Thanks to everyone who came to the celebration in Seattle!
If you missed it and want your own copy of historical (old) Usenet maps,
you can download it now.
I have updated the PDF online to include everything that was in the
display copy. The full copy is at
ThisPDF is intended to be printed, because most of the pages are in
On 7/9/19 9:28 AM, Mary Ann Horton Gmail wrote:
I've succeeded in copying the files from floppy.
Thanks to everyone
for the great suggestions!
I used a USB-to-serial adapter, combined with PuTTY and the usual
serial tools (DB-9 to DB-25 adapter, gender changer, and null modem).
I even dug out my AT&T PC 6300 MS DOS manual for details on writing
BAT files (although the main script had a bad habit of exiting after
the first file got copied). I wound up calling a 3 line script
separately for each file to be copied over, and using PuTTY's
scrolling history to save the files.
I've collected these and other old Usenet maps here:
I hope to display these (and hand out a few copies!) in Seattle this
Does anyone have anything put together that can easily do the "leroy"
thing described here:
and produce the graphical map it contains?
On 6/23/19 4:10 PM, Mary Ann Horton Gmail wrote:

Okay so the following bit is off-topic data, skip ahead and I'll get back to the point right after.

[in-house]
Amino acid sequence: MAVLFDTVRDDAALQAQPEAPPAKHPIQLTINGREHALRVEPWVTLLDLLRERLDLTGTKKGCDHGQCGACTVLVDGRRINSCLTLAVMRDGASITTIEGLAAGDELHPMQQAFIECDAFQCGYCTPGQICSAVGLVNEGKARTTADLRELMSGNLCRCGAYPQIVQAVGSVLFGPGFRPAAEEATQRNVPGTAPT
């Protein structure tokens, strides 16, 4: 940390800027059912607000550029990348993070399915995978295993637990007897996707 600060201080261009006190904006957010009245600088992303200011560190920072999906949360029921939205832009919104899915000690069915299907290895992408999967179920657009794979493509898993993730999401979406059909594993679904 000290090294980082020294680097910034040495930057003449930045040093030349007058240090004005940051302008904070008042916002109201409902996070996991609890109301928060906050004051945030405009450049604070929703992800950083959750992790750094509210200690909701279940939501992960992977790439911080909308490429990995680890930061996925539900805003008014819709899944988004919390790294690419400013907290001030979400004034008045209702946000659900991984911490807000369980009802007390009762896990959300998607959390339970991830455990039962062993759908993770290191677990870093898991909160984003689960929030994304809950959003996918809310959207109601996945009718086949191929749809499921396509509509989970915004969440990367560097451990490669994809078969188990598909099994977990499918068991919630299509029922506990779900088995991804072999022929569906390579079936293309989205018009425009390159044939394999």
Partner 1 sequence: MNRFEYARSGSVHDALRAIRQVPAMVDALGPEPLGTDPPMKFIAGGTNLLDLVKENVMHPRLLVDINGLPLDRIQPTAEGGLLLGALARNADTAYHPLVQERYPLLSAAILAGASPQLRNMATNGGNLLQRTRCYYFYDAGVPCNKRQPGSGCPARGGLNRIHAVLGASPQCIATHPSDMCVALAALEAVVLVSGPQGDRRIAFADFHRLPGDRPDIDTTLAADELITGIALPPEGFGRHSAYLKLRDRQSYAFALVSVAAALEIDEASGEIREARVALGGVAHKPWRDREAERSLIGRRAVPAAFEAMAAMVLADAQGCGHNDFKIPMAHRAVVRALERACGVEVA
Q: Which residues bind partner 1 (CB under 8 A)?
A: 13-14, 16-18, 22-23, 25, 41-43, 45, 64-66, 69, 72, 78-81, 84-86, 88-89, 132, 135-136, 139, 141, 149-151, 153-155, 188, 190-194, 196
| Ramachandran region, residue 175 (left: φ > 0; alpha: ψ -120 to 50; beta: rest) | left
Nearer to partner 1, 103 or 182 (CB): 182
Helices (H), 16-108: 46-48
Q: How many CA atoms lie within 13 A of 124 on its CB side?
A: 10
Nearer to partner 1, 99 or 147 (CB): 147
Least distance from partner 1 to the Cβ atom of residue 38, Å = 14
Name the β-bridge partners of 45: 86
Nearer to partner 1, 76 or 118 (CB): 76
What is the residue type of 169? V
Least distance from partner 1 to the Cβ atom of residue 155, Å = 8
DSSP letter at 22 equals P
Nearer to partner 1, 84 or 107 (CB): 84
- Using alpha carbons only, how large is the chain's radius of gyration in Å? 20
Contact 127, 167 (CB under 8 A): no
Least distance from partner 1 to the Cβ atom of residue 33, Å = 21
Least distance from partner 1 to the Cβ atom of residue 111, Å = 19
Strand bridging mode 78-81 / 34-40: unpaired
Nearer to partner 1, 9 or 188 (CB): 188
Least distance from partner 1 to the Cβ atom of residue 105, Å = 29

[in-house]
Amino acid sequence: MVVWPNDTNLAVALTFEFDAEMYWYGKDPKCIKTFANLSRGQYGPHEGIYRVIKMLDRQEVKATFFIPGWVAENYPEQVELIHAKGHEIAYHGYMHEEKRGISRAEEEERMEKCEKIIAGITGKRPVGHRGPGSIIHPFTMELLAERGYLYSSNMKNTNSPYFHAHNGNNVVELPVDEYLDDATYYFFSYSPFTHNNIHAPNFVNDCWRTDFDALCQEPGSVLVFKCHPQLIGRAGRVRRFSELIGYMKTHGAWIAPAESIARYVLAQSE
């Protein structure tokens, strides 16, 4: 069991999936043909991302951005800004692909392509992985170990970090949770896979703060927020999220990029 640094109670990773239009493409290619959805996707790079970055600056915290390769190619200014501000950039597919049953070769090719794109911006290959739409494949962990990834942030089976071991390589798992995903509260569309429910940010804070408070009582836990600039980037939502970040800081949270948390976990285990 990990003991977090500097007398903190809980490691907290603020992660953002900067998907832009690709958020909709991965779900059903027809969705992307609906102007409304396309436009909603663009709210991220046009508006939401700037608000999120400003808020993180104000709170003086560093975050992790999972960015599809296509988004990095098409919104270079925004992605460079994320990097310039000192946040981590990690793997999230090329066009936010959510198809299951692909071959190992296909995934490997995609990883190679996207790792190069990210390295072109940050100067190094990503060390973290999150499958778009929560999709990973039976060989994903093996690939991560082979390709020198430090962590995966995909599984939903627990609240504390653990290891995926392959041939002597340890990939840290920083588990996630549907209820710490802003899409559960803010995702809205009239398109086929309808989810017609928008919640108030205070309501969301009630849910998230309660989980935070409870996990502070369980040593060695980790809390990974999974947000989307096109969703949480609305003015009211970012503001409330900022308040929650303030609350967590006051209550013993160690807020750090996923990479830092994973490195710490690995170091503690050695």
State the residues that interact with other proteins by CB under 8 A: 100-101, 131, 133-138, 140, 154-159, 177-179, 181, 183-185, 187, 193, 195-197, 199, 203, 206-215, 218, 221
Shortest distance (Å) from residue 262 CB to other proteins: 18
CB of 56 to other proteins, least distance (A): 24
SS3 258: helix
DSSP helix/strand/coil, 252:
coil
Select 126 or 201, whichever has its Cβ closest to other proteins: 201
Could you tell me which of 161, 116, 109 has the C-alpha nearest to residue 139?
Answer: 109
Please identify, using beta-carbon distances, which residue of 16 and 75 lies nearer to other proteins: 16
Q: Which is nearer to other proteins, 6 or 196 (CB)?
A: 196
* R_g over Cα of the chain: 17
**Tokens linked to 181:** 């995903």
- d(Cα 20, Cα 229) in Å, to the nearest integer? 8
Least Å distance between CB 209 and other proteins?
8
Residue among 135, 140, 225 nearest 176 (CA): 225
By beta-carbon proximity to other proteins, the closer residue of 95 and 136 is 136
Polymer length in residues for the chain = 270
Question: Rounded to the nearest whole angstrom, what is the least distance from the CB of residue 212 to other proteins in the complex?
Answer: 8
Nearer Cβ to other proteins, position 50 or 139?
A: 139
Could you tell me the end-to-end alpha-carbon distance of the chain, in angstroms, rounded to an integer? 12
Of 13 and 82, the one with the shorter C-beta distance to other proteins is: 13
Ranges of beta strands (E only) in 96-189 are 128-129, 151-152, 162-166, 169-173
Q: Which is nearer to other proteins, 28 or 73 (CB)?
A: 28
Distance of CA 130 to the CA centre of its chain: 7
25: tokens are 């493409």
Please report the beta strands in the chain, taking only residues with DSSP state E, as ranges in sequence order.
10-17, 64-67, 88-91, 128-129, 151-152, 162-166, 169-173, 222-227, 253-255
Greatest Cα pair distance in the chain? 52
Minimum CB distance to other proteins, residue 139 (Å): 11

> Hunting around through my ancient stuff today, I ran across a 5.25"
> floppy drive labeled as having old Usenet maps. These may have
> historical interest.
> First off, I don't recognize the handwriting on the disk. It's not
> mine. Does anyone recognize it? (pic attached)
> I dug out my AT&T 6300 (XT clone) from the garage and booted it up.
> The floppy reads just fine. It has files with .MAP extension, which
> are ASCII Usenet maps from 1980 to 1984, and some .BBM files which
> are ASCII Usenet backbone maps up to 1987.
> There is also a file whose extension is .GRF from 1983 which claims
> to be a graphical Usenet map. Does anyone have any idea what GRF is
> or what this map might be? I recall Brian Reid having a plotter-based
> Usenet geographic map in 84 or 85.
> I'd like to copy these files off for posterity. They read on DOS just
> fine. Is there a current best practice for copying off files? I would
> have guessed I'd need a to use the serial port, but my old PC has DOS
> 2.11 (not much serial copying software on it) and I don't have
> anything live with a serial port anymore. And it might not help with
> the GRF file.
> I took some photos of the screen with the earliest maps (the ones
> that fit on one screen.) So it's an option to type things in, at
> least for the early ASCII ones.
> Mary Ann